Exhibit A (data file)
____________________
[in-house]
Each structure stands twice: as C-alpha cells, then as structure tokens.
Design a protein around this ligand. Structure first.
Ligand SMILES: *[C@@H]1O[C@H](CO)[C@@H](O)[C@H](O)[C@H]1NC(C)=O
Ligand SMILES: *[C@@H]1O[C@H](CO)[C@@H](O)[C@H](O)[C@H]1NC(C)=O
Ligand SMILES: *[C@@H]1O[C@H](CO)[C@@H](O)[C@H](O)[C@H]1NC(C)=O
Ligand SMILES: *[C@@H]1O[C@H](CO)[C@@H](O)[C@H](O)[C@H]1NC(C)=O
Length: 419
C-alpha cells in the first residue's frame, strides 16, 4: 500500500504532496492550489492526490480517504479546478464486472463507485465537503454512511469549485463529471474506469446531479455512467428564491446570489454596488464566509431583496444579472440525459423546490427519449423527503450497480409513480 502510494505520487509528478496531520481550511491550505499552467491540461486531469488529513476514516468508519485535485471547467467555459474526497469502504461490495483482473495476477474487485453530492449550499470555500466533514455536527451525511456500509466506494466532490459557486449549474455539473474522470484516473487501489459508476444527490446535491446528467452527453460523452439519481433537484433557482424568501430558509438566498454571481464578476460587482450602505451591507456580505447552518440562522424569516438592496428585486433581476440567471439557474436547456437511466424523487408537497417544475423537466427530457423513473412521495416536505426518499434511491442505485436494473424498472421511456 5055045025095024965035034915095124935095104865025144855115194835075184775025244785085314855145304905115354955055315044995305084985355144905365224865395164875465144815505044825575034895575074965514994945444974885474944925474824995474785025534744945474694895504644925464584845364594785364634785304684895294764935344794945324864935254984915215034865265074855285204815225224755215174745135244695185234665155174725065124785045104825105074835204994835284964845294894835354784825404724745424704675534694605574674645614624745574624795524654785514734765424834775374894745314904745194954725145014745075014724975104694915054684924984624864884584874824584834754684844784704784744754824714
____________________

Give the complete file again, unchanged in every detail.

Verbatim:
[in-house]
Each structure stands twice: as C-alpha cells, then as structure tokens.
Design a protein around this ligand. Structure first.
Ligand SMILES: *[C@@H]1O[C@H](CO)[C@@H](O)[C@H](O)[C@H]1NC(C)=O
Ligand SMILES: *[C@@H]1O[C@H](CO)[C@@H](O)[C@H](O)[C@H]1NC(C)=O
Ligand SMILES: *[C@@H]1O[C@H](CO)[C@@H](O)[C@H](O)[C@H]1NC(C)=O
Ligand SMILES: *[C@@H]1O[C@H](CO)[C@@H](O)[C@H](O)[C@H]1NC(C)=O
Length: 419
C-alpha cells in the first residue's frame, strides 16, 4: 500500500504532496492550489492526490480517504479546478464486472463507485465537503454512511469549485463529471474506469446531479455512467428564491446570489454596488464566509431583496444579472440525459423546490427519449423527503450497480409513480 502510494505520487509528478496531520481550511491550505499552467491540461486531469488529513476514516468508519485535485471547467467555459474526497469502504461490495483482473495476477474487485453530492449550499470555500466533514455536527451525511456500509466506494466532490459557486449549474455539473474522470484516473487501489459508476444527490446535491446528467452527453460523452439519481433537484433557482424568501430558509438566498454571481464578476460587482450602505451591507456580505447552518440562522424569516438592496428585486433581476440567471439557474436547456437511466424523487408537497417544475423537466427530457423513473412521495416536505426518499434511491442505485436494473424498472421511456 5055045025095024965035034915095124935095104865025144855115194835075184775025244785085314855145304905115354955055315044995305084985355144905365224865395164875465144815505044825575034895575074965514994945444974885474944925474824995474785025534744945474694895504644925464584845364594785364634785304684895294764935344794945324864935254984915215034865265074855285204815225224755215174745135244695185234665155174725065124785045104825105074835204994835284964845294894835354784825404724745424704675534694605574674645614624745574624795524654785514734765424834775374894745314904745194954725145014745075014724975104694915054684924984624864884584874824584834754684844784704784744754824714